Bad Hare Day

Front Cover
Scholastic, 1996 - Juvenile Fiction - 117 pages
12 Reviews
Trick cards, floating scarves, disappearing doves. Tim Swanson loves magic tricks. Someday he wants to be a real magician. Just like his all-time favorite performer, Amaz-O. But then Tim goes to see Amaz-O's show. And he finds out his idol is really just a total grump. That's when Tim decides to steal the bag of tricks. Amaz-O's bag of secret tricks. Scary tricks. Like the one with the multiplying red balls. And all those hissing snakes ...

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Review: Bad Hare Day (Goosebumps #41)

User Review  - Claire Burlap - Goodreads

Pretty entertaining, with all the usual Goosebumps plot elements-- and I forgot about the ending! :O Read full review

Review: Bad Hare Day (Goosebumps #41)

User Review  - Selena - Goodreads

This book was one of the best goosebumps book ever ! I really enjoyed it ! Read full review

About the author (1996)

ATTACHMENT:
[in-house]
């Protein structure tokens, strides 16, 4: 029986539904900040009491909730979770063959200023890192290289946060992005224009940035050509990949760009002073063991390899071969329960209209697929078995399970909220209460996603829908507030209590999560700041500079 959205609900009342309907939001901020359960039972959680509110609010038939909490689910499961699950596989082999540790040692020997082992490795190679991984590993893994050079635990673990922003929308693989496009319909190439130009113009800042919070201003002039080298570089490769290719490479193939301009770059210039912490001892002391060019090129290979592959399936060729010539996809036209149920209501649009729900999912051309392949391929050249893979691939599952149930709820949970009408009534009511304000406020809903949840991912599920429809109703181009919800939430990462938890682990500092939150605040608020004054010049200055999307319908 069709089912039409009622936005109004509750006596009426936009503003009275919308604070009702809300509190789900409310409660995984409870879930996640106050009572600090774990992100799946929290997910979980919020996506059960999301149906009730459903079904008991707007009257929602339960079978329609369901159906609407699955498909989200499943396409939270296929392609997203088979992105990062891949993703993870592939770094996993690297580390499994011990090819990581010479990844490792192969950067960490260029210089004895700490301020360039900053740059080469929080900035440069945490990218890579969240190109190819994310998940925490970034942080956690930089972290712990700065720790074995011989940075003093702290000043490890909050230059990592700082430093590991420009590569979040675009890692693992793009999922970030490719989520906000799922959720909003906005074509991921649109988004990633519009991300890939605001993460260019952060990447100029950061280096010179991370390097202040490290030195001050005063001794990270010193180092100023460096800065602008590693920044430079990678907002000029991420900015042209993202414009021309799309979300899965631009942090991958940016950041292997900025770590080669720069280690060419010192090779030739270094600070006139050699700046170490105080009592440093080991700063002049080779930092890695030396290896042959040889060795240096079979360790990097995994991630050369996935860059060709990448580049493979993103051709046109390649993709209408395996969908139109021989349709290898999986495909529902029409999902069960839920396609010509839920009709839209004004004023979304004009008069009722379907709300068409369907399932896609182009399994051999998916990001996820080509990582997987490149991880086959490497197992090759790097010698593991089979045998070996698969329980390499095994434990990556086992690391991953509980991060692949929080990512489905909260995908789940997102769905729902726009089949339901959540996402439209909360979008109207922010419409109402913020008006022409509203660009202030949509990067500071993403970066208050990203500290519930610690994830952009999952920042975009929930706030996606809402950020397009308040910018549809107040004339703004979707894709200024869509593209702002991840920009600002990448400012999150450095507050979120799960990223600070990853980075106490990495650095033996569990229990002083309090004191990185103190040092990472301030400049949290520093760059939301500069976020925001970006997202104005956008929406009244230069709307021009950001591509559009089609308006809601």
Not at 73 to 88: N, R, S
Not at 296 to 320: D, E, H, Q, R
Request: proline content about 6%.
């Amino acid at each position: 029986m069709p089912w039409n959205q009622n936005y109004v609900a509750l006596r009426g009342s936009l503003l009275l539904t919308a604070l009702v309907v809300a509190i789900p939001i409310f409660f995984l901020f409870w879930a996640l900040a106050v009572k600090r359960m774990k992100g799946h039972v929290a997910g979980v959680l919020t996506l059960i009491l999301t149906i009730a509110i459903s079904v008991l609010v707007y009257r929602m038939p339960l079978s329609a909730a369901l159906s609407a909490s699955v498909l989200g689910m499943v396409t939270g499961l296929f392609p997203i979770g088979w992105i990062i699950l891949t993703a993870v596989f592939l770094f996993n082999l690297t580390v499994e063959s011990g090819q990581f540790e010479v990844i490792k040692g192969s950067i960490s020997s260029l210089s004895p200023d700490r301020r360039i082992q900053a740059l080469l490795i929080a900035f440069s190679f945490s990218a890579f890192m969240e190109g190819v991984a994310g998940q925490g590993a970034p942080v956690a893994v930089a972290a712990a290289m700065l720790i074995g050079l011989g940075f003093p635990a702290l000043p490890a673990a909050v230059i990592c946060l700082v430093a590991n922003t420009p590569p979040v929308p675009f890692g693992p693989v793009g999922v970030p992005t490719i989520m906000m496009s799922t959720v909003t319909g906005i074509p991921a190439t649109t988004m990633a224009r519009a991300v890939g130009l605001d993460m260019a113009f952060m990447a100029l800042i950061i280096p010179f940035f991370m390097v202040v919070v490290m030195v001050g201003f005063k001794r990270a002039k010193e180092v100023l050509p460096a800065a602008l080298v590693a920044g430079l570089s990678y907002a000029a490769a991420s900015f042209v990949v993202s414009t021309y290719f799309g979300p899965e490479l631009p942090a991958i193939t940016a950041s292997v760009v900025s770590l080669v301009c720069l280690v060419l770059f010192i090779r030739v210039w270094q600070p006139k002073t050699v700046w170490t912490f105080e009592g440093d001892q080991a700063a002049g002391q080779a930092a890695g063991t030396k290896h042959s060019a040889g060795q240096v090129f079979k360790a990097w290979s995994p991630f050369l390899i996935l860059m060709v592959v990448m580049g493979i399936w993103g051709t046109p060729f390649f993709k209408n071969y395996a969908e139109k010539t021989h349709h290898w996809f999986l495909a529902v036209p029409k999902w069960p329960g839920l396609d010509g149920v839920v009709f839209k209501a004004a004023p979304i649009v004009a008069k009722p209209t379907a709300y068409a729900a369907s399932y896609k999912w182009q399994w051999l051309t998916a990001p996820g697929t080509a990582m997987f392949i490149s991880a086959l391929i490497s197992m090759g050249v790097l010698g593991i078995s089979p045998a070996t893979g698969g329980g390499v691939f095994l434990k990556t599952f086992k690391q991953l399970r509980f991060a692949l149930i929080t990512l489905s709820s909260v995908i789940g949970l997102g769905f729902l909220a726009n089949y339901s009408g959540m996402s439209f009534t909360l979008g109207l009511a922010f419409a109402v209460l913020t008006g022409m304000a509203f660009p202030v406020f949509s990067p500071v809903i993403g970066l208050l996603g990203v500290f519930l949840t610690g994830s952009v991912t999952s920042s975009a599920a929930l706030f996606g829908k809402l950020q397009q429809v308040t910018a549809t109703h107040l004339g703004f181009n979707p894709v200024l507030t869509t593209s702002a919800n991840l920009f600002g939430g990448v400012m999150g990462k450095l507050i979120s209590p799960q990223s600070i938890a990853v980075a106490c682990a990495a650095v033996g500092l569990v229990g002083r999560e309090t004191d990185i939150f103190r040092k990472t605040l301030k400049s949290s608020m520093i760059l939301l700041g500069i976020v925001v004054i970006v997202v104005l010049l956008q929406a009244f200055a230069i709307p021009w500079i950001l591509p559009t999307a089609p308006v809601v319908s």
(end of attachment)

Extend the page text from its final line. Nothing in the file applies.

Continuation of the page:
Robert Lawrence Stine, R. L. Stine was born on October 8, 1943, and grew up poor in Columbus Ohio. He began writing short stories and joke books when he was nine years old. He wrote his first book when he was a senior in high school, and he also wrote for the high school newspaper. Stine attended Ohio State University and after he graduated, he went to New York City, working a variety of writing jobs. Stine is the well-known author of the Goosebumps and Fear Street Series. He was also head writer for the Nickelodeon show called Eureka's Castle for three years. Under the pseudonym Jovial Bob, Stine shows his comedic side writing "101 Silly Monster Jokes" and "Bozos on Patrol." An avid reader still, Stine read a lot of science fiction as a child and was greatly inspired by authors like Ray Bradbury and Isaac Asimov. At the age of 28, his first book was published, "How to Be Funny." Stine produced two books a month - one each for the Goosebumps and the Fear Street Series. He says it takes him about eight days to write a Goosebumps book and twelve days to write a Fear Street book. Children love his books because his writing is simple and clear. He keeps his characters believable and shows what happens, in his Goosebumps stories, through the eyes of the main character. He has also written a scary novel for adults entitled "Superstitious" but his main focus continues to be writing for children.

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